Originally Posted by nickdawg
Ahhh, but this is where it the debate over who has the money begins. Are the advertisers and media more concerned with the, what is it now 25% with HDTV, or the larger portion with standard TV? As impressive as the growth of HDTV has been in the past few years, unfortunately we will still be ignored until at least 60 or 70%. It's already obvious in cable TV. They would rather cater to the larger section of the customer base that want analog only cable on their TVs than cater to the customers(who pay far more) who want more HDTV channels.
Not nearly as true as it once was. FiOS killed the last of their analog channels 2 months ago, RCN is working on doing the same, and Comcast is in the process of converting a couple major markets to only having limited basic on analog. The rest of the MSOs are slowly trimming their analog lineups to make way for HD, and the trend will only continue as D*, FiOS, and U-verse continue to press their advantages. Cable is starting to figure out that there's not enough money to be made when most of your customer base is paying $40/mo for expanded basic and nothing more. Yes, they're pushing the low-end crowd a bit to bring in new subs because of the transition, but they also realize that the real money is made selling HD, VOD, and PPV, and that can be seen in the heavy advertising push for those services.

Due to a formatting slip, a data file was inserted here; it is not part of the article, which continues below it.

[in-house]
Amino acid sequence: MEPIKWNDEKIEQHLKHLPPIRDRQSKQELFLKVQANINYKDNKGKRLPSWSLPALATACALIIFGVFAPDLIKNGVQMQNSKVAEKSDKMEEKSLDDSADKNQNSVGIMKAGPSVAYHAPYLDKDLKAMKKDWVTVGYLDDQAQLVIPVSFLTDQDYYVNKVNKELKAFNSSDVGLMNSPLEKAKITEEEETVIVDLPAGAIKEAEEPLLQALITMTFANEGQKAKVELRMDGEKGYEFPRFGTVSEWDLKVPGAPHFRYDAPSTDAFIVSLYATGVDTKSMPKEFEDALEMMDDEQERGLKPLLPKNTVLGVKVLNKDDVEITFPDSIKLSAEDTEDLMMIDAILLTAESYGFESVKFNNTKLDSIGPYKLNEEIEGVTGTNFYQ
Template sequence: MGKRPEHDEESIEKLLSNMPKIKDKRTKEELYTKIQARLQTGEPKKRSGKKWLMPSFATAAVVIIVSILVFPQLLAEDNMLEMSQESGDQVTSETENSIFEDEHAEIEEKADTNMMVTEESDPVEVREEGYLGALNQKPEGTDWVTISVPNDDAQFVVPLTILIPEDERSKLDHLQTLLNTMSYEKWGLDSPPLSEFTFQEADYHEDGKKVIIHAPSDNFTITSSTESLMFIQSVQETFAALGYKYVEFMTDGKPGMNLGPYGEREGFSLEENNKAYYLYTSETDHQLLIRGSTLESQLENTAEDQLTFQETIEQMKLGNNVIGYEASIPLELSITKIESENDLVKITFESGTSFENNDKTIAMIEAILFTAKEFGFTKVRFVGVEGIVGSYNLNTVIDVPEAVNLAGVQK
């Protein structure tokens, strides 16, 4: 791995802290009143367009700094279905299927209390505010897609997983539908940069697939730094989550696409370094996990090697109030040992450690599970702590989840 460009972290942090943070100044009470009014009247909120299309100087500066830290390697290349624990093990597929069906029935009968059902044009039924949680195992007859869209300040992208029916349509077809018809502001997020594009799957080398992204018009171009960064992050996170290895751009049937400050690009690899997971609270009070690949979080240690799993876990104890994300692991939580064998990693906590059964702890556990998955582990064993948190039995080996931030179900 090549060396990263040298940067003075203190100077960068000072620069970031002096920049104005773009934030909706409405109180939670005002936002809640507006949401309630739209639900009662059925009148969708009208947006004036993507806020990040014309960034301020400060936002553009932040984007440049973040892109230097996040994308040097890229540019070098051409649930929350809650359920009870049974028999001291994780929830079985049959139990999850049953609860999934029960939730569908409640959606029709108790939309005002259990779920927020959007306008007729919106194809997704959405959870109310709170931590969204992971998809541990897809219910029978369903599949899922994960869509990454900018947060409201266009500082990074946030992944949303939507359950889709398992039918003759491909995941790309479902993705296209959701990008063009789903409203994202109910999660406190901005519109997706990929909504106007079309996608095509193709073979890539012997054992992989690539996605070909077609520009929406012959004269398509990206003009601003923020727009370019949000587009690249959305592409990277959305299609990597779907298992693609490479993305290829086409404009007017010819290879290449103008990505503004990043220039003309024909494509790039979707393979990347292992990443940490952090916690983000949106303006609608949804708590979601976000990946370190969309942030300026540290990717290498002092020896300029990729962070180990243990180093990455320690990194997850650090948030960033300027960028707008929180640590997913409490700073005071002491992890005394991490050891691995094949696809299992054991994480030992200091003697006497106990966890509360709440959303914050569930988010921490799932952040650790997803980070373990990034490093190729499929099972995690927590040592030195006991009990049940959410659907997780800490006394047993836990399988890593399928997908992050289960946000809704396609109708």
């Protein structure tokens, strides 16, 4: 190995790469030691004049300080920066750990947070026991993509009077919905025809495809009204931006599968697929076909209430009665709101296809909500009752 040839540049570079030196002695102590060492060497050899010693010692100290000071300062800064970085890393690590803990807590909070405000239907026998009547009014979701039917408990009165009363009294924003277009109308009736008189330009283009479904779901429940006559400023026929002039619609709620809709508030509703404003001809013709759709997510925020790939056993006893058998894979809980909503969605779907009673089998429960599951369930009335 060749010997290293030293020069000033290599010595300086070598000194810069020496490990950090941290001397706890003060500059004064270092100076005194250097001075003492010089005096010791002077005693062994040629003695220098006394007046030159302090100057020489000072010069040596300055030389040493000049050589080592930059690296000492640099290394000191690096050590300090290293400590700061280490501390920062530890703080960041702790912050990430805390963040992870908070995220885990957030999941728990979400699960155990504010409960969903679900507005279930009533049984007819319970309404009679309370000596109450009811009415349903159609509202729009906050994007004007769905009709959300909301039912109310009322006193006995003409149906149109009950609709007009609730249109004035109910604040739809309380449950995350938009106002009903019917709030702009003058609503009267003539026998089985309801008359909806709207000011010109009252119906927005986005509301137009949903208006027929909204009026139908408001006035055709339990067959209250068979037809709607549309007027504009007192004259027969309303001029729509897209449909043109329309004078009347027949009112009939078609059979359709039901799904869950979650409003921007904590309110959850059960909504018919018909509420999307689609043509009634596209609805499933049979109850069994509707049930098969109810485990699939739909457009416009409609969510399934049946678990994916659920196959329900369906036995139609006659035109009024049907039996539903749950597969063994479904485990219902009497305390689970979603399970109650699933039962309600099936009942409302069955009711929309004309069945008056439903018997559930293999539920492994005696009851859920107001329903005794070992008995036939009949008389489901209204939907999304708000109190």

It's also not really a move "back" but a continuation of what has been going on for several years. If you look at shows like "Two and a Half men" and "CSI" along with FOX offerings like "House" and "Prison Break", they're already capable of being viewed in 4:3. Only one lone network(also the lowest rated, by chance) has been ranking out non 4:3 material and another is starting to try it.
NBC changing their policy to require that shows like The Office and SNL be made 4:3 safe would be a step back, just like going from HDNet's 16:9-only framing to the 4:3 framing on Versus and TSN is a step backwards for hockey.
Plus, the networks should get something worth watching on TV before we worry about how it is presented. Network TV isn't declining because of how it is presented, it is declining because of what is being presented. Some of the absolute crap on network TV today, much already in HD, couldn't even be saved by "ultra, super, special, 3D HD".
True, but you can take some of the best content out there, chop n' crop it to 4:3 and have some ********* from TBS walk on and advertise his latest show, and I still won't watch it. Content is certainly important, but doing a lousy job presenting it is just as likely to drive viewers away. The 1200 posts in this thread certainly speak to that.